The Dutch government returned a stolen ceremonial crown to the Ethiopian government Thursday.
The 18th-century crown, which has great religious significance, went missing from a church in Ethiopia 21 years ago, the Dutch government said in a statement.
Sirak Asfaw, an Ethiopian who emigrated to the Netherlands in the late 1970s, found the artifact in his Rotterdam apartment in a visitor’s bag.
He then approached the Dutch government to arrange for it to be returned to his home country.
Ethiopian President Abiy Ahmed officially received the artifact on Thursday and thanked the Dutch government for bringing the “precious crown” home at an event attended by Asfaw and Sigrid Kaag, Netherlands foreign trade and development cooperation minister.
Kaag said the government was pleased to have expedited the “rightful return” of the artifact to Ethiopia.
“We’re honoured and delighted to have been able to facilitate the rightful return. This is the crowning achievement of returning this heritage to its rightful place,” Kaag said in a statement.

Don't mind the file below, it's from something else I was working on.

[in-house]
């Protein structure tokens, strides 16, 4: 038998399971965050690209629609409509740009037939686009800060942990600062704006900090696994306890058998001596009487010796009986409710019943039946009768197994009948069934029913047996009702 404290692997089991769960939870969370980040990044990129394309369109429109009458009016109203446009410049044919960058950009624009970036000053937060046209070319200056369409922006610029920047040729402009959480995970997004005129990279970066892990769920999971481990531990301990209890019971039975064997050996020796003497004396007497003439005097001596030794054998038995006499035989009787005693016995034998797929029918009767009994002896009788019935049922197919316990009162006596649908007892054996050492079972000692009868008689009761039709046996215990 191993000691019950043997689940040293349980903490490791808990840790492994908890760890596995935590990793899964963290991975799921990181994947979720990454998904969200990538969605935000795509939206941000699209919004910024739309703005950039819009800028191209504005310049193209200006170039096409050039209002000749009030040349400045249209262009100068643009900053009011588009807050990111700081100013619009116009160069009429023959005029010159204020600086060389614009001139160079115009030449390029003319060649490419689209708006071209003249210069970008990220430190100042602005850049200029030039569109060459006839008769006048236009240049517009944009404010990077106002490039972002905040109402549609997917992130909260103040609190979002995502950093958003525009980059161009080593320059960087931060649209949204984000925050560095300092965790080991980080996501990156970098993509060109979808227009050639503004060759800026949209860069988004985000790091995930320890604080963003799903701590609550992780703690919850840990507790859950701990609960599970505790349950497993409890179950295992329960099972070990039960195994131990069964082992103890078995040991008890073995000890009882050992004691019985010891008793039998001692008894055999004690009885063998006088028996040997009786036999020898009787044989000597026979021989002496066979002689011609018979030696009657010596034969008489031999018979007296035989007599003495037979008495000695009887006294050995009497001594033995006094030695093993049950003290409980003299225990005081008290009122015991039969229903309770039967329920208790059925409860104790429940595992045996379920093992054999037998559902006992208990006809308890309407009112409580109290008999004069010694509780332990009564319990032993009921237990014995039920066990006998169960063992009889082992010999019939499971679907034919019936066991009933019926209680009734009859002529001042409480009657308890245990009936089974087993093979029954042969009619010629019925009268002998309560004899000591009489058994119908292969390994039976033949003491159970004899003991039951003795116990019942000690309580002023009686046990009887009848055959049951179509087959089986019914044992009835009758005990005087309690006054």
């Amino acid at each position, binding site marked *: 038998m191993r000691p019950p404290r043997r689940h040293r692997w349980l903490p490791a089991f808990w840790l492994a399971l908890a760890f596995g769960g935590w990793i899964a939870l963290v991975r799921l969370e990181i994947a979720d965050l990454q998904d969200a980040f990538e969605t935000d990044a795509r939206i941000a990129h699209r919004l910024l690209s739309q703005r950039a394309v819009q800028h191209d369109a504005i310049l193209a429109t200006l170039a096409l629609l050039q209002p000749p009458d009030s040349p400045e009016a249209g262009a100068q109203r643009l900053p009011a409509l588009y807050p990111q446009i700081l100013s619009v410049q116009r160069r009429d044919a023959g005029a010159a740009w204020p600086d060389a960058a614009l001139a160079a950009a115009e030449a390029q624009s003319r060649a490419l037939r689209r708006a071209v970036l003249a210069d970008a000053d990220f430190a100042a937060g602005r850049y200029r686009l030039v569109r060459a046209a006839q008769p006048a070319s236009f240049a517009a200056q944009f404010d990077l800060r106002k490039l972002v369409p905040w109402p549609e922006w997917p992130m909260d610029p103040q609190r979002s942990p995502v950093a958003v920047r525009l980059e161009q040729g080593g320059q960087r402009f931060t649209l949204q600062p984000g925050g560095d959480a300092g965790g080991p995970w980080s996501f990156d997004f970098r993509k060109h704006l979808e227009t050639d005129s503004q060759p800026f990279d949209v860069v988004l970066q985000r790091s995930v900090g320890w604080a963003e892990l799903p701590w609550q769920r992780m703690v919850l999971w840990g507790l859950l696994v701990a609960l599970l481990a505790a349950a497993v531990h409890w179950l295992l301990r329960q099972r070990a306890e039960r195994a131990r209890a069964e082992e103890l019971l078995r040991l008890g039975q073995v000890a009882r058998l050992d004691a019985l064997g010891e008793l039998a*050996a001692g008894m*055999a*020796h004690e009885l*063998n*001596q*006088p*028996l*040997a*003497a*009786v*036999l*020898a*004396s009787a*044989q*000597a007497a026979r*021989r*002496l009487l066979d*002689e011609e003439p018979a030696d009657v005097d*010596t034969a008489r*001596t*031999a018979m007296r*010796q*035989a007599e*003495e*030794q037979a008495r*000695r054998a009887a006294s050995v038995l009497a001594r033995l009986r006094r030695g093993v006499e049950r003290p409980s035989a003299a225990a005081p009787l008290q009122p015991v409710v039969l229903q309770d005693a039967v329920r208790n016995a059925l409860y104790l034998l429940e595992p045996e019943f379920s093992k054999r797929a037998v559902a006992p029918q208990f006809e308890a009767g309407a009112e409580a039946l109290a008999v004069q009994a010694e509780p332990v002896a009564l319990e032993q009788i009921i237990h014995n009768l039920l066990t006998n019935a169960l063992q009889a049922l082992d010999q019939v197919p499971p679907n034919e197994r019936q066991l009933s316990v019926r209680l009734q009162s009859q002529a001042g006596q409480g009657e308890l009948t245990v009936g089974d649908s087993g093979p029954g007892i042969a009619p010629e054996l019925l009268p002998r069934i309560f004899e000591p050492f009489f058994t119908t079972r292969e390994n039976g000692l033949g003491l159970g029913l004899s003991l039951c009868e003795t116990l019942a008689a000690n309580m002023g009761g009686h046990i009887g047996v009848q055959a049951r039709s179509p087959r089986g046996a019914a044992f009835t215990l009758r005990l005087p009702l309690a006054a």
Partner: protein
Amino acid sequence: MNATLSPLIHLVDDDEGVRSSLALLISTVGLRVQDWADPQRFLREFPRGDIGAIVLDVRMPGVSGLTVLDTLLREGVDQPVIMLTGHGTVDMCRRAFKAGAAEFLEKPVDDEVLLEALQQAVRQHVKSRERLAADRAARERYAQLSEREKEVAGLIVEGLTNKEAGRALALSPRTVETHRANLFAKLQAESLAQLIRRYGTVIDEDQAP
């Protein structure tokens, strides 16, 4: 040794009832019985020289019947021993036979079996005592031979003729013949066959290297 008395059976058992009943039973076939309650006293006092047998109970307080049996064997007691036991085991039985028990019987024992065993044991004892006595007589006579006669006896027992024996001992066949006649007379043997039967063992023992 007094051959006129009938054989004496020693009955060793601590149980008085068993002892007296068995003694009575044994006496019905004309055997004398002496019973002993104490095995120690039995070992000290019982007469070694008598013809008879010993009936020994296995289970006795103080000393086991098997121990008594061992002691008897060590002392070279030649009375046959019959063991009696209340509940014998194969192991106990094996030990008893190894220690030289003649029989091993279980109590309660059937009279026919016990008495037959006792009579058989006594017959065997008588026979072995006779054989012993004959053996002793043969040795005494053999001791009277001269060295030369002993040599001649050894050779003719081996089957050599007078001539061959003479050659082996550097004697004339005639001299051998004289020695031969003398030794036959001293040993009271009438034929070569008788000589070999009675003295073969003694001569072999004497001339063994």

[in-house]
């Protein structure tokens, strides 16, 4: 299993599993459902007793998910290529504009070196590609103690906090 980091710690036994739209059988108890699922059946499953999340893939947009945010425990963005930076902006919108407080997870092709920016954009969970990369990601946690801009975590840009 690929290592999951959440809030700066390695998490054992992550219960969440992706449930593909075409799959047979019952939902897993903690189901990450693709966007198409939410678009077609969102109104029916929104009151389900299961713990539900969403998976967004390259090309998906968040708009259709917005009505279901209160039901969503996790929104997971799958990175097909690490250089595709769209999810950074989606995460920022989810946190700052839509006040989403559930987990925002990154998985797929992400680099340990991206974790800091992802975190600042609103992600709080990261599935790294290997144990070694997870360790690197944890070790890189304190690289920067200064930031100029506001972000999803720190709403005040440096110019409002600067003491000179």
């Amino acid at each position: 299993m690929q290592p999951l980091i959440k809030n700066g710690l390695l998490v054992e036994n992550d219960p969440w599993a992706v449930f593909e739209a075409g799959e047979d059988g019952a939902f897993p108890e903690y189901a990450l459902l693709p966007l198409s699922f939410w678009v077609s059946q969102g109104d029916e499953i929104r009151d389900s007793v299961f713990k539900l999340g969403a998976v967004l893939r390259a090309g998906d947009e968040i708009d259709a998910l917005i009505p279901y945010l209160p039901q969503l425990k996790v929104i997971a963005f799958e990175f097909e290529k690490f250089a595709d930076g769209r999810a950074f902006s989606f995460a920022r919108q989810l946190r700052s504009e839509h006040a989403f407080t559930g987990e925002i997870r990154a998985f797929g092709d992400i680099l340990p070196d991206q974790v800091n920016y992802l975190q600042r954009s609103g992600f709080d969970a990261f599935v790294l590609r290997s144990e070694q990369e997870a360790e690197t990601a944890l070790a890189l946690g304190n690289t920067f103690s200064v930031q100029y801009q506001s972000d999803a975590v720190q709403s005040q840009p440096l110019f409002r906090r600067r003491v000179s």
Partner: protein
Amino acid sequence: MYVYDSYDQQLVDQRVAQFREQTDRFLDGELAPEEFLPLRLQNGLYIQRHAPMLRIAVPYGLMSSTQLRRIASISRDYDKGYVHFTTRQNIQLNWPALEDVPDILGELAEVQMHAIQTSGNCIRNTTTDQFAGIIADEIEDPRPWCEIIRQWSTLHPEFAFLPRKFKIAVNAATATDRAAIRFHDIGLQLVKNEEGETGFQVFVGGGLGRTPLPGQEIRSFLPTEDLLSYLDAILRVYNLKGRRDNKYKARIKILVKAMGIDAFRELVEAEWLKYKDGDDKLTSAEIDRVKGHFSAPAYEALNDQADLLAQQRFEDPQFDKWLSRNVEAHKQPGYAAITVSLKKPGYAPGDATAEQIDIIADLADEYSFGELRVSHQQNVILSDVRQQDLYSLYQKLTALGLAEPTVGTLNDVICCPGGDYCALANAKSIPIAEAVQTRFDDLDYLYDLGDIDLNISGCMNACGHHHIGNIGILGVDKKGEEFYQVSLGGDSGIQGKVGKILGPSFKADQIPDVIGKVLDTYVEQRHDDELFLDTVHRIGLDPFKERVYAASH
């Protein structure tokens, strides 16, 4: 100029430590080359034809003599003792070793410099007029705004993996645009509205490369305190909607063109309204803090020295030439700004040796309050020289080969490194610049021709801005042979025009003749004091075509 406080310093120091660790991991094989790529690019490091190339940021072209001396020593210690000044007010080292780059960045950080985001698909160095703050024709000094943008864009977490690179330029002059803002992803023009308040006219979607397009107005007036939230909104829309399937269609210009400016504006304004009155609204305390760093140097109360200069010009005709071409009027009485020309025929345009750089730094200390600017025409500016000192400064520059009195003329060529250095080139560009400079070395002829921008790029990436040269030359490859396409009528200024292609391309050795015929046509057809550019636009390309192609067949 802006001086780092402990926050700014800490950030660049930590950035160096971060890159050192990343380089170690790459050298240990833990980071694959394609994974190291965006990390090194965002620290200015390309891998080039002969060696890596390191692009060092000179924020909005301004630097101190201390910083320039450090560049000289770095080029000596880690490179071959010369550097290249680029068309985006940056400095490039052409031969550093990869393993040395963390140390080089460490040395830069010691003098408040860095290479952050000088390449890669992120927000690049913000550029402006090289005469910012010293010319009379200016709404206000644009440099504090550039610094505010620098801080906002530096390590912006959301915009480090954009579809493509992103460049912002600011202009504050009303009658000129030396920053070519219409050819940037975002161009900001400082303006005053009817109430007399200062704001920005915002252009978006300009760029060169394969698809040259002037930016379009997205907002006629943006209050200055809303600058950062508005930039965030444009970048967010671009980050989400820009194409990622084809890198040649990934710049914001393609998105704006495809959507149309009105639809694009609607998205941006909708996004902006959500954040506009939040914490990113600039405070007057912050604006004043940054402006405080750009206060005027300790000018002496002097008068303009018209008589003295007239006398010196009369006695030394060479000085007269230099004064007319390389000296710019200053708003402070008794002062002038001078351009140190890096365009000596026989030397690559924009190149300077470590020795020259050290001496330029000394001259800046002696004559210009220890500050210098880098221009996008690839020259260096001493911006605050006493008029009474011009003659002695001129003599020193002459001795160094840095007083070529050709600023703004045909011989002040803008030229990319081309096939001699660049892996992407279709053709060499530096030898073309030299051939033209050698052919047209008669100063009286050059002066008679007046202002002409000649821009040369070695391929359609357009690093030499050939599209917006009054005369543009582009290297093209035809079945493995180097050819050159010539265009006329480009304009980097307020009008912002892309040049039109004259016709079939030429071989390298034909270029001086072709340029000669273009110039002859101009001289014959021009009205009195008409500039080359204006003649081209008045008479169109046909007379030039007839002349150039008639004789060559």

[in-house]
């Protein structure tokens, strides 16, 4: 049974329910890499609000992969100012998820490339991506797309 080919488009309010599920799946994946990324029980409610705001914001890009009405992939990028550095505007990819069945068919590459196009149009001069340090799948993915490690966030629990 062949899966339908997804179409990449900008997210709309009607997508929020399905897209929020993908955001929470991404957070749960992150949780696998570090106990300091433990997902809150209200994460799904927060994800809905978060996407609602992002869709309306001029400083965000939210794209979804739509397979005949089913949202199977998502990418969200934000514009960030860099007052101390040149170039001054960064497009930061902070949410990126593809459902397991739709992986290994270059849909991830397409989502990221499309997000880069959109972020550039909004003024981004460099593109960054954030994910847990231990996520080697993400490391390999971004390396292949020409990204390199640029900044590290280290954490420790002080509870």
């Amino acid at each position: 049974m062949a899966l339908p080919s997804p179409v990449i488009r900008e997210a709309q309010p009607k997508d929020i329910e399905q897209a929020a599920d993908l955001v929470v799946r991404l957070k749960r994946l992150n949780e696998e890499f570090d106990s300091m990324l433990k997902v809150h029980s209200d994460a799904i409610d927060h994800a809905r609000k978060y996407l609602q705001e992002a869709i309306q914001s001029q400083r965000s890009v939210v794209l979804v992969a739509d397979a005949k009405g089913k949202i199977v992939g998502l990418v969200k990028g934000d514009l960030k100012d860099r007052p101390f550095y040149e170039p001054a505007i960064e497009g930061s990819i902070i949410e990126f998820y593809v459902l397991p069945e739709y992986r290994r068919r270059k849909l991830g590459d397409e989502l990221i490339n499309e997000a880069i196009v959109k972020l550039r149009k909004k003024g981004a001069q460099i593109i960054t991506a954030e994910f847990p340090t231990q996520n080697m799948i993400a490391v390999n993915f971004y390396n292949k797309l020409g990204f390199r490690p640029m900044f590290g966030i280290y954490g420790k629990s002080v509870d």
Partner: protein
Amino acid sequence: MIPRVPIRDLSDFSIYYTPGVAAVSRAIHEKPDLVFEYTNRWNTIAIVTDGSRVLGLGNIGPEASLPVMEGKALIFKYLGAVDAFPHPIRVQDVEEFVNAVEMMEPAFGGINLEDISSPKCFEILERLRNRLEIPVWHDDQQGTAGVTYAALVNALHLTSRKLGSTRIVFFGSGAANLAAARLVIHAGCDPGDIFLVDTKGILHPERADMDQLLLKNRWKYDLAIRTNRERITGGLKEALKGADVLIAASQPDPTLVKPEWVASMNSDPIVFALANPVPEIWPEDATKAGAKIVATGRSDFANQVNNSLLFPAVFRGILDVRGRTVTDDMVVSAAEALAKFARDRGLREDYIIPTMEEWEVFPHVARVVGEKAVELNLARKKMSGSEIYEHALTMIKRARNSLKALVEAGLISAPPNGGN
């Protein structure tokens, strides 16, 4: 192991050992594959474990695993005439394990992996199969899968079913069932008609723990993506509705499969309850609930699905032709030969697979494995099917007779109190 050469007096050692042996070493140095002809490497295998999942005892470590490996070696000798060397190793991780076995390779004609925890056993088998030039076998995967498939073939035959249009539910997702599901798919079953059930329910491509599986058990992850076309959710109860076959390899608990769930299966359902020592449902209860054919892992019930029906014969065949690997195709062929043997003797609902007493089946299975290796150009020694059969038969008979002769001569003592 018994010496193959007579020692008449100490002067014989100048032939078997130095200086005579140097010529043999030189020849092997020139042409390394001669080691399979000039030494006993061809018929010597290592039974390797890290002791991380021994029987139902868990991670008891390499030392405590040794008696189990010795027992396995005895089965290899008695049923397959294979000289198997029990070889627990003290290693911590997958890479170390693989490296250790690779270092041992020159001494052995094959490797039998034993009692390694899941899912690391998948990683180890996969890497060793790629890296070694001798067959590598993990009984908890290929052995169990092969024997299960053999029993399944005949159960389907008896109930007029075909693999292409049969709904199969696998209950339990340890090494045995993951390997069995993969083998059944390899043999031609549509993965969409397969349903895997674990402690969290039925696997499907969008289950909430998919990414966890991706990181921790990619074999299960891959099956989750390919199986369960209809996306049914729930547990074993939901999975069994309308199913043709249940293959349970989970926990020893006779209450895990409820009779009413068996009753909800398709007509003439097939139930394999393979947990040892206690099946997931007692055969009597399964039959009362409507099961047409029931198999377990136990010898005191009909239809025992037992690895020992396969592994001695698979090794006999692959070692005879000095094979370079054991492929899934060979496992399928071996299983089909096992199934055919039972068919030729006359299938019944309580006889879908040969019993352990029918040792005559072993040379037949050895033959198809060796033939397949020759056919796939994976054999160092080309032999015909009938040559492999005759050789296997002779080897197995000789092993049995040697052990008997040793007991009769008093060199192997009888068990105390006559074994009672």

More western governments have pledged to return stolen African artifacts that were looted from the continent centuries ago.
In November, France handed a historical sword stolen from Senegal to the government and it says it plans to permanently repatriate more artifacts looted from Africa during its colonial rule to their original owners.
French collections house at least 90,000 pieces originating from sub-Saharan Africa with around 70,000 works in Paris’ Quai Branly museum alone, according to a 2018 report on stolen artifacts from the continent.